China Arrests Alleged Culprit in Pet Food Case

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The general manager of a Chinese company whose contaminated wheat gluten allegedly ended up sickening thousands of pets in the U.S. and South Africa has been arrested on undisclosed charges.

Mao Lijun denied in an interview several weeks ago that his company’s product ended up in the pet food that poisoned dogs and cats throughout the U.S. and killed at least 16, according to the New York Times. But after initially denying that Chinese food exports had caused the epidemic of pet food poisonings the Chinese government last Friday banned the use of melamine in vegetable proteins made for food purposes. Melamine, which had been thought not to be highly toxic, has been identified as the culprit in the pet food debacle.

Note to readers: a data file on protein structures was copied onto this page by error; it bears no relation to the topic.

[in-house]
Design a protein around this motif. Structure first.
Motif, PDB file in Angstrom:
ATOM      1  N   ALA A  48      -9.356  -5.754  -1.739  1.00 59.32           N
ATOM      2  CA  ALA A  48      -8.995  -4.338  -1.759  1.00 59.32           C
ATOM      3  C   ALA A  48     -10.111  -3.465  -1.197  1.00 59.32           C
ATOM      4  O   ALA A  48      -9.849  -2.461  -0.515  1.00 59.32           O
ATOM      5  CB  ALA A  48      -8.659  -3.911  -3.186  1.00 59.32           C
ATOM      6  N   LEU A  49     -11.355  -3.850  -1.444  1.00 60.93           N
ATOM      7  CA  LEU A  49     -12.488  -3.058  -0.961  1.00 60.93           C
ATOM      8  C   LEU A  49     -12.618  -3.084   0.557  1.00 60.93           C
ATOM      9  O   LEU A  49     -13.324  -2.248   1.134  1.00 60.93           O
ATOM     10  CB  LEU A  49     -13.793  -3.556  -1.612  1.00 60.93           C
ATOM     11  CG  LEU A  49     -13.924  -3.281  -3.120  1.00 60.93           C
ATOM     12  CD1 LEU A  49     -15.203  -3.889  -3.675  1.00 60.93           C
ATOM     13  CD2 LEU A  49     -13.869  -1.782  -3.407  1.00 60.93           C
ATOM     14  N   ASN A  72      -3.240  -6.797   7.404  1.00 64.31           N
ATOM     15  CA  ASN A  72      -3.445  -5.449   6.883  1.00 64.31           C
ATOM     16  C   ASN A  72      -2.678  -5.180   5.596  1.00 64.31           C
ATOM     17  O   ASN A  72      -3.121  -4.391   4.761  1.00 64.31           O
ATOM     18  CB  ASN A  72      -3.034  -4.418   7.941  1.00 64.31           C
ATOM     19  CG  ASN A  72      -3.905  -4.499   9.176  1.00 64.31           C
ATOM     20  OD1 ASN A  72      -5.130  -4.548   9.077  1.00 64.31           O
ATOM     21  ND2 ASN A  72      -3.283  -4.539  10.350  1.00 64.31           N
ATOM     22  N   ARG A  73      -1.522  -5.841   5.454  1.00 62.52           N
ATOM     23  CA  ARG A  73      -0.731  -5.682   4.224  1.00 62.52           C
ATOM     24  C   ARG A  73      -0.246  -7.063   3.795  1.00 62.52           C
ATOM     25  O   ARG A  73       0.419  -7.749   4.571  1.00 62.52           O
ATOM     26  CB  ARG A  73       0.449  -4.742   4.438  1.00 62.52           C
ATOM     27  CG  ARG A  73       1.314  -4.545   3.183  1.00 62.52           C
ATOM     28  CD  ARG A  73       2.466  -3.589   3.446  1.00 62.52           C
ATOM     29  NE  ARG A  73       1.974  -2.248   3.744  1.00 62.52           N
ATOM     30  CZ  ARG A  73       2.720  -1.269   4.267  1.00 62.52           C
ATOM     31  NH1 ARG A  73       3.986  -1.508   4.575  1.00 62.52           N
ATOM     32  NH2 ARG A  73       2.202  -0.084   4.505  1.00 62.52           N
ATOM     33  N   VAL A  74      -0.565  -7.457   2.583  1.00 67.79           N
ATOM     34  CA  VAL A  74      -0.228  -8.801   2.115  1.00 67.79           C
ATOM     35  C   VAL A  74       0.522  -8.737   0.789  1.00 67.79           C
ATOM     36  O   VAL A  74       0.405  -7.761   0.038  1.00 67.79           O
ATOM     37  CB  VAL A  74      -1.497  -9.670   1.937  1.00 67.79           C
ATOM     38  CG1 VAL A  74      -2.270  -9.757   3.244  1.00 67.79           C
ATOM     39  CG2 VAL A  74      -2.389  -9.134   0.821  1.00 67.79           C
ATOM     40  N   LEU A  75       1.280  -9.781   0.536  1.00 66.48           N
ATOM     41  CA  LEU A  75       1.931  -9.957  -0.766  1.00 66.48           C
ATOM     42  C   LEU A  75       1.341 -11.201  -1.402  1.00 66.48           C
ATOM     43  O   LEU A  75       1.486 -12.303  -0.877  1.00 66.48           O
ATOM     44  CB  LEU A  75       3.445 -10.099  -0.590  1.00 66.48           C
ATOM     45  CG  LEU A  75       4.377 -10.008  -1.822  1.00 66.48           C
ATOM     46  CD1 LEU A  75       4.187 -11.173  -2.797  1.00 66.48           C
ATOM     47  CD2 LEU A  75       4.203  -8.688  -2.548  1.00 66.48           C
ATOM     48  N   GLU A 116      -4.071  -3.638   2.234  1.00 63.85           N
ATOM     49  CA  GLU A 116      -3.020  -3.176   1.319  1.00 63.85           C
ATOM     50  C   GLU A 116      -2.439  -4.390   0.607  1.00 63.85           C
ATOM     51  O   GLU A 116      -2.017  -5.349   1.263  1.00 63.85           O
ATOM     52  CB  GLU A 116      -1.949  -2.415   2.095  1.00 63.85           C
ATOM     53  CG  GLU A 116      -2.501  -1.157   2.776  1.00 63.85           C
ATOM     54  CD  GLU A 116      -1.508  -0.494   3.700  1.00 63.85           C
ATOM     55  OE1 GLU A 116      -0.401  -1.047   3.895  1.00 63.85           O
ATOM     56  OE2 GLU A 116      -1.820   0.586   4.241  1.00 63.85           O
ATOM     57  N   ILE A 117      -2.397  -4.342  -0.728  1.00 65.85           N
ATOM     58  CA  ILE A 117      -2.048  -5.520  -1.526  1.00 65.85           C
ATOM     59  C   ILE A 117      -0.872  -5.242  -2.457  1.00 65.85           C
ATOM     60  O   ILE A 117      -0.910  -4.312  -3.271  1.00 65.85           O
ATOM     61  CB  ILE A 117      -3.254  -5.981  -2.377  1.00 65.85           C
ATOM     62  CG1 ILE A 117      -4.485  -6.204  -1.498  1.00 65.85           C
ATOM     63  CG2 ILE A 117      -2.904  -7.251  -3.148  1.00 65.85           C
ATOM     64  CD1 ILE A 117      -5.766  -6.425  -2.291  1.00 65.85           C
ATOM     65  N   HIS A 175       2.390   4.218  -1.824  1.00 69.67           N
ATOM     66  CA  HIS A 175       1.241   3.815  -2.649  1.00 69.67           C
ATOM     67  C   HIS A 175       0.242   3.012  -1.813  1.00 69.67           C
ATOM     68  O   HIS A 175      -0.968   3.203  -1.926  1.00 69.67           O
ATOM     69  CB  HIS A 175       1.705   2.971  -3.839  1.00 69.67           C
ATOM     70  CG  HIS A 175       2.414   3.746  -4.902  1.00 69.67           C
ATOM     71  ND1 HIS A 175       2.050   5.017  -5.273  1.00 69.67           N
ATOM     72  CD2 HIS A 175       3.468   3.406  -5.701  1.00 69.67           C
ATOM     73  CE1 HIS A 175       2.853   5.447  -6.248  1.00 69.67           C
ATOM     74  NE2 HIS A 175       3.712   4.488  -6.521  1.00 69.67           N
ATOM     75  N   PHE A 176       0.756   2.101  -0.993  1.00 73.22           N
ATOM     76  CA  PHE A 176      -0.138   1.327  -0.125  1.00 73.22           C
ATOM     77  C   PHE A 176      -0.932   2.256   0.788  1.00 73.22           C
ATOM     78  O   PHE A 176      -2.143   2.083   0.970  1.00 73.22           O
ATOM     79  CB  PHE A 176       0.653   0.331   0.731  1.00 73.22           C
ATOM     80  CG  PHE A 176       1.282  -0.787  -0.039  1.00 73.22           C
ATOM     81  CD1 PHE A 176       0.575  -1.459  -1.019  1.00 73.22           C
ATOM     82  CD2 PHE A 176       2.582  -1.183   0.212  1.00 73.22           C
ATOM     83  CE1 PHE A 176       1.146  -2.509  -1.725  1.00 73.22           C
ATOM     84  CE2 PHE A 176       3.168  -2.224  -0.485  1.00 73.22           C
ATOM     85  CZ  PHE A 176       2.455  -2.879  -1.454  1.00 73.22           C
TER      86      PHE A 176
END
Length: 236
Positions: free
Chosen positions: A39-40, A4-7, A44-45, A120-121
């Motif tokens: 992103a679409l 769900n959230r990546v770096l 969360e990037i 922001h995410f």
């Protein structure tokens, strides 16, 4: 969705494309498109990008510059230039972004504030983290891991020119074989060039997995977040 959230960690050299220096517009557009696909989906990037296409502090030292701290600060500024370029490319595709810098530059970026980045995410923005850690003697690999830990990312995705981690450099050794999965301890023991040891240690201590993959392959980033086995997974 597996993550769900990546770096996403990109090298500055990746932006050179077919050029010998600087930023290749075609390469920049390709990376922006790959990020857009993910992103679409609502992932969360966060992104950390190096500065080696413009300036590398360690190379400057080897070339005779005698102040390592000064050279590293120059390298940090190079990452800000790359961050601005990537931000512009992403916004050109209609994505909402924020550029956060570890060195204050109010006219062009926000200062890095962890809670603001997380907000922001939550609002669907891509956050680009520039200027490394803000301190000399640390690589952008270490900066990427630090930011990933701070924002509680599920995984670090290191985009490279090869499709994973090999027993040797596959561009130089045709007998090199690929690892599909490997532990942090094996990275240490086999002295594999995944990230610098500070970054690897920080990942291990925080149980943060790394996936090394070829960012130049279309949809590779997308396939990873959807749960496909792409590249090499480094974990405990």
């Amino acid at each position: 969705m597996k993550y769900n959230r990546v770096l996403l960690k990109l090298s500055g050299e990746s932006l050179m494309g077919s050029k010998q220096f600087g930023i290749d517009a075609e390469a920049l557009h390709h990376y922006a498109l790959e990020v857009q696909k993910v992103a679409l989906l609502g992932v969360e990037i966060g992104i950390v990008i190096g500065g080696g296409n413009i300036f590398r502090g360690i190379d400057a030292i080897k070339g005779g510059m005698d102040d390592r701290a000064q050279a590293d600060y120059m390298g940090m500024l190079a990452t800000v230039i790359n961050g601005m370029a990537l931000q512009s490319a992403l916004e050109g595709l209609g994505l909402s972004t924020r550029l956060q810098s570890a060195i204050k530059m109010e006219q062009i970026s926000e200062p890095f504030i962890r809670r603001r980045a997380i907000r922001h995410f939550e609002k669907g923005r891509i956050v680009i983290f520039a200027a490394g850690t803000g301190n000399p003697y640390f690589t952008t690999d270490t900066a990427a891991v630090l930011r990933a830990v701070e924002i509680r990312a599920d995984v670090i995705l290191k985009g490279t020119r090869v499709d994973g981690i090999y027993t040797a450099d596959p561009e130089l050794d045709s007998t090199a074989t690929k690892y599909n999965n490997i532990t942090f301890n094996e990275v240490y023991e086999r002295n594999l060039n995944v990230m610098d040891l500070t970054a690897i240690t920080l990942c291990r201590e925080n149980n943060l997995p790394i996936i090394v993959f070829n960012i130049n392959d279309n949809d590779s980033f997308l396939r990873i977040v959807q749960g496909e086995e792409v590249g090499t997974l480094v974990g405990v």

Lijun’s detention apparently followed, although the Times does not give a date. The article says a police spokesman declined to specify the charges on which Lijun is being held.

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